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Saudi Arabia to launch film industry strategy amid $64bn entertainment push

Saudi Film Commission will on Sunday unveil details of how it plans to develop movie industry

Saudi Arabia will unveil a new strategy on Sunday to develop the movie sector in the Gulf kingdom.

Under the patronage of Prince Badr bin Abdullah bin Farhan, Minister of Culture, chairman of the Saudi Film Commission (SFC), the body will announce how it aims to further support sector employees and actors.

According to Saudi Press Agency, Sunday’s announcement will be made in a ceremony to be held at Crowne Plaza Hotel in Riyadh in the presence of Saudi filmmakers, a number of strategic partners and a group of media professionals, intellectuals and actors.

No details have been released in advance but the announcement will be the latest as Saudi Arabia looks to rapidly grow its entertainment sector.

Cinemas were banned for 35 years until the first cinema in Saudi Arabia opened in April 2018 in Riyadh as part of major reforms in the kingdom.

UAE-based Vox Cinemas is one of the big operators who have entered Saudi Arabia since the country lifted its ban.


The government hopes that by 2030, Saudi Arabia will already have more than 300 theatres with over 2,000 movie screens.

In September, Saudi Arabia’s General Entertainment Authority launched a new initiative aimed at encouraging Saudi nationals to take jobs in the kingdom’s booming entertainment industry.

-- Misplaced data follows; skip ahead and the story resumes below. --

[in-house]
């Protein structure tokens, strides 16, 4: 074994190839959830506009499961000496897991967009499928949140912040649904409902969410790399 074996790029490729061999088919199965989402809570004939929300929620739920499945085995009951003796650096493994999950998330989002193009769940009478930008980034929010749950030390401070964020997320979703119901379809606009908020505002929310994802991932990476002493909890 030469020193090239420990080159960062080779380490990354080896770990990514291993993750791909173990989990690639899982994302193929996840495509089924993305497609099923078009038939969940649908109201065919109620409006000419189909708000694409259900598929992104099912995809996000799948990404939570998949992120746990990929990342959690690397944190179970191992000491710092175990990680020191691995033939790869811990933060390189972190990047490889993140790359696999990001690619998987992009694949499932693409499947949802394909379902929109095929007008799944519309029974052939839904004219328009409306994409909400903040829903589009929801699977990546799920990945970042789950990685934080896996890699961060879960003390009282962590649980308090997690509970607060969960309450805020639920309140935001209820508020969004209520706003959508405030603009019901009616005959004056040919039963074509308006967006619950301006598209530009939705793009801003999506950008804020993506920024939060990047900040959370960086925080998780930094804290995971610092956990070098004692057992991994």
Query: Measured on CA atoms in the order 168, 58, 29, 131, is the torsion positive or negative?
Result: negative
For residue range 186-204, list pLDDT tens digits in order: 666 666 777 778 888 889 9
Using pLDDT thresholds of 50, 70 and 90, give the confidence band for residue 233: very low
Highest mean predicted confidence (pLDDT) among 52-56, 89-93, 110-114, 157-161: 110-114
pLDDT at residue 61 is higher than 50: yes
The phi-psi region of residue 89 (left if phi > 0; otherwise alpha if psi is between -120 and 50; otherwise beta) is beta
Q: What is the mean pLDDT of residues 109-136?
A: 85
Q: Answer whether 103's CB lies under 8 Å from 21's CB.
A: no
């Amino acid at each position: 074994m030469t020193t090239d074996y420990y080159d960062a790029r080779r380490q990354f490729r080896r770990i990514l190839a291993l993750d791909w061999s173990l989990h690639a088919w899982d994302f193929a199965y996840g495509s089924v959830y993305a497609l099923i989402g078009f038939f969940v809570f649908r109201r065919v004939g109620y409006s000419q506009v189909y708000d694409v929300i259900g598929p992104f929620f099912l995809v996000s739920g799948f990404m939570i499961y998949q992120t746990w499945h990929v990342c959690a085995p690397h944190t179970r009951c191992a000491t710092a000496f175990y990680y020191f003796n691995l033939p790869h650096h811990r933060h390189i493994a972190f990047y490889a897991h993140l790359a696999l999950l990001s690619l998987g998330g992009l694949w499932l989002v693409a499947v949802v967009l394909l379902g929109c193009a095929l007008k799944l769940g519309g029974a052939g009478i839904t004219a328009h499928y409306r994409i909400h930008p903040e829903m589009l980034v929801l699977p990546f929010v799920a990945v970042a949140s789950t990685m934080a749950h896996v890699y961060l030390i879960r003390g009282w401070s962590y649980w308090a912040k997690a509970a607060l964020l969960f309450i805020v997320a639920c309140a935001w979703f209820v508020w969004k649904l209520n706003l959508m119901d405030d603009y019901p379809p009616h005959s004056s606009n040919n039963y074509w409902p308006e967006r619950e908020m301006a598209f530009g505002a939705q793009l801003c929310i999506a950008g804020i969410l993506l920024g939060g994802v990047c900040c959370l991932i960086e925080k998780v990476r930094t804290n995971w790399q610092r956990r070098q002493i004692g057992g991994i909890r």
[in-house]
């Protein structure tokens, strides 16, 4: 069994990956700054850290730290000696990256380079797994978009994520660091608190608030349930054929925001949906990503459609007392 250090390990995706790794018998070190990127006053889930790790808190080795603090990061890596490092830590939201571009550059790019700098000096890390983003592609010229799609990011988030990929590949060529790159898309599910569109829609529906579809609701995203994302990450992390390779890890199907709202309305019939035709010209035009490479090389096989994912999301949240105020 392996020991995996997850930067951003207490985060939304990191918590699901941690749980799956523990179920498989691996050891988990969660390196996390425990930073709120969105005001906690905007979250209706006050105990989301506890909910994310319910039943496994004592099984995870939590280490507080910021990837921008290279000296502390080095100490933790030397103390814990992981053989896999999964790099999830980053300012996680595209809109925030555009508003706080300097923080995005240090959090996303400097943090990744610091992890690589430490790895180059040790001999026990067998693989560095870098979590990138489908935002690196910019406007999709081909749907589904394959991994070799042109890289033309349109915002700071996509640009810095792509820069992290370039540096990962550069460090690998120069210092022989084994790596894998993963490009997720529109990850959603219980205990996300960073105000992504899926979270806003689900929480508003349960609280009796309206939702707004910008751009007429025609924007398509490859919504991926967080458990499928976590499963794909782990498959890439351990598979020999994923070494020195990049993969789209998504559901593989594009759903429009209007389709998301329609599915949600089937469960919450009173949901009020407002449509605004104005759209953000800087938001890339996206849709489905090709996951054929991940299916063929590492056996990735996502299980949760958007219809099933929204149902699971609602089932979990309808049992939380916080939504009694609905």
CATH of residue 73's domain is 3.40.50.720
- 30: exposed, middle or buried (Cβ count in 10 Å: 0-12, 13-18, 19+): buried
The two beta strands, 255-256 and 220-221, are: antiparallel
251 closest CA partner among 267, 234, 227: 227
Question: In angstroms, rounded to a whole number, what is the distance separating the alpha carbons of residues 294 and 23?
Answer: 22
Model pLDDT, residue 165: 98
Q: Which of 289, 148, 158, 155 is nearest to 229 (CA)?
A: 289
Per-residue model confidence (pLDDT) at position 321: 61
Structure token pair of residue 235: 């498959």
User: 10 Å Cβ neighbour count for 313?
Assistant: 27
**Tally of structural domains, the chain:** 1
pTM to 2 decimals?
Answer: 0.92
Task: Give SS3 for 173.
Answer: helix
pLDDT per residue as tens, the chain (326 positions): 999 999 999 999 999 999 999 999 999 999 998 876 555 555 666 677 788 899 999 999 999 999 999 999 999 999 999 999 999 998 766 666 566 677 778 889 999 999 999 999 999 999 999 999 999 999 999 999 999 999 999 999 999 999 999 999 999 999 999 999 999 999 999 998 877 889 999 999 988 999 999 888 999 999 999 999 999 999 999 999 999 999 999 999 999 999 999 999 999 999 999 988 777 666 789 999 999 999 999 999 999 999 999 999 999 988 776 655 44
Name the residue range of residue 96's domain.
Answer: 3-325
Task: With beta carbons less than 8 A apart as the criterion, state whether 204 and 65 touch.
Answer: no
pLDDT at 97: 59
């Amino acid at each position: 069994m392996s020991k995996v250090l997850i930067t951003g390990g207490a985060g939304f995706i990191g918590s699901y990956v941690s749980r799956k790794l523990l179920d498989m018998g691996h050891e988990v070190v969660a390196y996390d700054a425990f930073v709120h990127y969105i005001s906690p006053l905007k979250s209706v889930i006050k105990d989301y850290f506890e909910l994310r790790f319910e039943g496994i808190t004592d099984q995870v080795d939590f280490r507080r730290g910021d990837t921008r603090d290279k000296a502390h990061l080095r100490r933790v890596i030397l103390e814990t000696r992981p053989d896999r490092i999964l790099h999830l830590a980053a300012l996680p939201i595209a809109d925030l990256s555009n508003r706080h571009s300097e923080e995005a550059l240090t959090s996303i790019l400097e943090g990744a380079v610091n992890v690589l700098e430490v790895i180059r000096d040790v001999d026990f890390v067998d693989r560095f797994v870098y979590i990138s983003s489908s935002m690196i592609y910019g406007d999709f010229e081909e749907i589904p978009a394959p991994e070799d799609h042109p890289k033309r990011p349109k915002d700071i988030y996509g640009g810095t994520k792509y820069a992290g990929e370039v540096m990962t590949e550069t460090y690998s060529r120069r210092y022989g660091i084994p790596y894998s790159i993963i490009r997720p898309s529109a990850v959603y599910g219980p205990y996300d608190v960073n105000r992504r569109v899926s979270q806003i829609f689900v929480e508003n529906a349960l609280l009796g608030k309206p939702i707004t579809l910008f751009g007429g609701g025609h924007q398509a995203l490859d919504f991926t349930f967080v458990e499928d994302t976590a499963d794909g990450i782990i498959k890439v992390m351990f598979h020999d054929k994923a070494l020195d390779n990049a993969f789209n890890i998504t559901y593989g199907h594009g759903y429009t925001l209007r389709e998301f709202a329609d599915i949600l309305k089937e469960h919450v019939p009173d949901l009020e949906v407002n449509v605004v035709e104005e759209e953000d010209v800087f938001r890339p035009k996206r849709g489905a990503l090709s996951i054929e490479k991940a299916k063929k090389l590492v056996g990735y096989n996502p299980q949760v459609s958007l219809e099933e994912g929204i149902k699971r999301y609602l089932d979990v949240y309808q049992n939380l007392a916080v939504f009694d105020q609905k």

Chairman Turki bin Abdulmohsen Al Al-Sheikh unveiled the Makers of Happiness initiative which seeks to qualify and train young Saudi talents to fill specialised jobs in the sector.

Young Saudis are being urged to work in jobs including crowd management, the management of entertainment centres and organising and marketing events.

Saudi Arabia continues to see an influx of leisure and entertainment industry players from around the world as the kingdom is tipped to become the sector’s leading MENA market by 2025.

The bullish forecast follows a survey commissioned recently by the organisers of the Saudi Entertainment & Amusement (SEA) Expo & Summit, in which 73 percent of more than 560 canvassed sector players stated their intention to launch a presence in the kingdom within the next two years.

The GEA has previously said that it believes investment into entertainment infrastructure will reach $64 billion over the next decade, adding nearly $5 billion to GDP and generating 224,000 new jobs by 2030.

Saudi Arabia’s movie push was further shown at Cannes Film Festival. While many countries did not attend in an official capacity this year, with their national film institutions grounded due to the ongoing challenges of travel amid the pandemic, Saudi Arabia promoted its emerging film and TV industry.

The Saudi pavilion in the Marché du Film’s International Village was busy with filmmaker Abdullah Al-Qahtani making his international festival debut as CEO of the country’s film commission.

Last year, Saudi Arabia also announced the launch of the Red Sea International Film Festival in Jeddah.

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